Today I bought myself a couple of books on slavery – not novels or histories on different slave systems through the millennia but actual books on how people who kept slaves went about keeping slaves.
The most interesting one is by Jerry Toner although attributed to the Roman cipher of Marcus Sidonius Falx. It’s called How To Manage Your Slaves and considers subjects such as
- when they should be allowed to have sex
- how to be a slave master
- when to buy
- what makes for a good slave
- why they shouldn’t all speak the same language and,
- why freedmen are a problem
It’s tongue in cheek but also solid history (as Toner is a fellow of Classics at Churchill College, Cambridge).
I’ve bought this not because I’m about to go out and re-enact the plot of Paul Beatty’s The Sellout but because I’m developing a pitch about a society whose economy and culture relies on slavery. It’s not enough when world building to know you’re against slavery. I want it to feel authentic. I want you to know, when you read it, what slaves deal with beyond simply being someone else’s property.
Having said that, the subjects covered by Toner are ones you’ll find discussed by economists lamenting people not doing as they’re supposed to right across the world. When people try to design our societies, the language and categories they use for ordinary people are, frighteningly, close to those slave owners use for their slaves. Where capitalism is more unfettered this is often especially the case – where workers are resources like light, space and licenses they are also worryingly open to being treated as if they were just that – inanimate resources. In this light, the best worker is the one who doesn’t get pregnant, doesn’t need lunch, doesn’t want to unionise and certainly doesn’t get sick. I’m reminded we should always be careful of ‘liberalisation of employment legislation’ because it’s really just code for ‘being able to treat workers as commodities’ and that is the very definition of being a slave – being someone else’s property.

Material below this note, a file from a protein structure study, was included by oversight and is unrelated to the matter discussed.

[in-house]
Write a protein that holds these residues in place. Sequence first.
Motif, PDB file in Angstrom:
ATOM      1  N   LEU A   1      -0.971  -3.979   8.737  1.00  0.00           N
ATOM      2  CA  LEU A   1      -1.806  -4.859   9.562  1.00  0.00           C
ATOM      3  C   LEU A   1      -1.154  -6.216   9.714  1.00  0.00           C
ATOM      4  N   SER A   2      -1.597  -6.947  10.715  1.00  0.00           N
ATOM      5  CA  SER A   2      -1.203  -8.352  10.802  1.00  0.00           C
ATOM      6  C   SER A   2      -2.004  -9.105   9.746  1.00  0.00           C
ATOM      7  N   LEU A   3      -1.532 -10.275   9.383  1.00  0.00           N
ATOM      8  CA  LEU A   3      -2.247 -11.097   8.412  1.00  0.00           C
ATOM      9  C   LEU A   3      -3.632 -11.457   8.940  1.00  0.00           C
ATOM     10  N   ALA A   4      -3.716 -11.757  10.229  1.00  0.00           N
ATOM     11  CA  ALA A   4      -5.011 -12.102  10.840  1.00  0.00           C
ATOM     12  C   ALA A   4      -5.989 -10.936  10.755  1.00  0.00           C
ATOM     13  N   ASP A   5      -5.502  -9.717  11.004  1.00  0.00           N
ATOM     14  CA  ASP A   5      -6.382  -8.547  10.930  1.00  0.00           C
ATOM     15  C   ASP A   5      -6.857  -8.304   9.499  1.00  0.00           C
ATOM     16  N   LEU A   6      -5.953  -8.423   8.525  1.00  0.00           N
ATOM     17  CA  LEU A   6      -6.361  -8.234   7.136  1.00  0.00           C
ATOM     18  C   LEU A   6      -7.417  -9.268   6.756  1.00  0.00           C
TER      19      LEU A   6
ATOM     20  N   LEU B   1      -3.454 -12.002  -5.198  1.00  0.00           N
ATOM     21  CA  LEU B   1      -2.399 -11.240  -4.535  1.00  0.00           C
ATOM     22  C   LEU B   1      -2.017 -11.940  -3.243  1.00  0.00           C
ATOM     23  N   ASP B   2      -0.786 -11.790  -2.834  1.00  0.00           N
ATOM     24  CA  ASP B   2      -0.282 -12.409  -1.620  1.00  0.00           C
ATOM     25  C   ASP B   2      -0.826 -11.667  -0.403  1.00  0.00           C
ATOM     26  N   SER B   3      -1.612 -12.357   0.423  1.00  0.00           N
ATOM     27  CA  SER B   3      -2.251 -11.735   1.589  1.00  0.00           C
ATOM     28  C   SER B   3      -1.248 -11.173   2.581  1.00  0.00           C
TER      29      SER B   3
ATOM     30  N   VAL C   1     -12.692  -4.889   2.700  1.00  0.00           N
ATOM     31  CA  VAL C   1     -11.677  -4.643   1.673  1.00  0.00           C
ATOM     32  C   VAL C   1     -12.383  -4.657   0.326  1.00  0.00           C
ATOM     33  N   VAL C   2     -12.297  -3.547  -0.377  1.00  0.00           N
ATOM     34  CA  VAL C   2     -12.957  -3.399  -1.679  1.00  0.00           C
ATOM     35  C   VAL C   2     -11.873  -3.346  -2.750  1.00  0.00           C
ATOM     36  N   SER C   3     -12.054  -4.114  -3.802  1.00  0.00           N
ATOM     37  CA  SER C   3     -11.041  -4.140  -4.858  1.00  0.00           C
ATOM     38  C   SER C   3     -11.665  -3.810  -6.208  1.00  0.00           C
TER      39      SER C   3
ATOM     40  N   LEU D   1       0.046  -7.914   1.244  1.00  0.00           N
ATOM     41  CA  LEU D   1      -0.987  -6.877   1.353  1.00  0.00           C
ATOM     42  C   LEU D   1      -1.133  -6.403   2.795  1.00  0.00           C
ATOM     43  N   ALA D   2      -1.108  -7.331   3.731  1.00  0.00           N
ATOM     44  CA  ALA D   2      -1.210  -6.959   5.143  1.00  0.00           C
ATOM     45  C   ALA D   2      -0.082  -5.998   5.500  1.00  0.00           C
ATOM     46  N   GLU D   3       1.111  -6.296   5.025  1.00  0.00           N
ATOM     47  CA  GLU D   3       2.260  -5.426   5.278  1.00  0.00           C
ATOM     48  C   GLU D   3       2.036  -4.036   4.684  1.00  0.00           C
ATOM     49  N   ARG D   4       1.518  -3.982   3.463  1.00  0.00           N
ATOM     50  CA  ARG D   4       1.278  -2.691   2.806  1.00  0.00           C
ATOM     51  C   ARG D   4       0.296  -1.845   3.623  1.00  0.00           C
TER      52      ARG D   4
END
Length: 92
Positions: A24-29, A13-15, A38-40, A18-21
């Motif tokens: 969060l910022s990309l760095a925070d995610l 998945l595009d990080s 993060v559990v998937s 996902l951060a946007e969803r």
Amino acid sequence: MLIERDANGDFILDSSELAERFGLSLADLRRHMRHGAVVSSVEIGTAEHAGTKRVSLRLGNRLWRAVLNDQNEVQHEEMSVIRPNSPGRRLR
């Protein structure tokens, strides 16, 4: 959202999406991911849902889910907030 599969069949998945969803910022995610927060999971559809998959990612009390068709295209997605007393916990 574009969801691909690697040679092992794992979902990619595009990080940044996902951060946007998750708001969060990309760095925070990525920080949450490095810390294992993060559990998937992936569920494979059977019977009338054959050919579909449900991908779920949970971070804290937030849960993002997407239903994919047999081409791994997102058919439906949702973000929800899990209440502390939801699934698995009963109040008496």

My pitch, a fantasy novel with gods and magic, is obviously fiction – but it’s going to have economics, politics and people desperate to find their way to being human and not someone else’s commodity. Part of me hopes that when the book’s written and assuming the pitch is successful, you’ll imbibe my warnings about those who would make us slaves and hold in your minds the actions you might be called on to make if you want to remain free.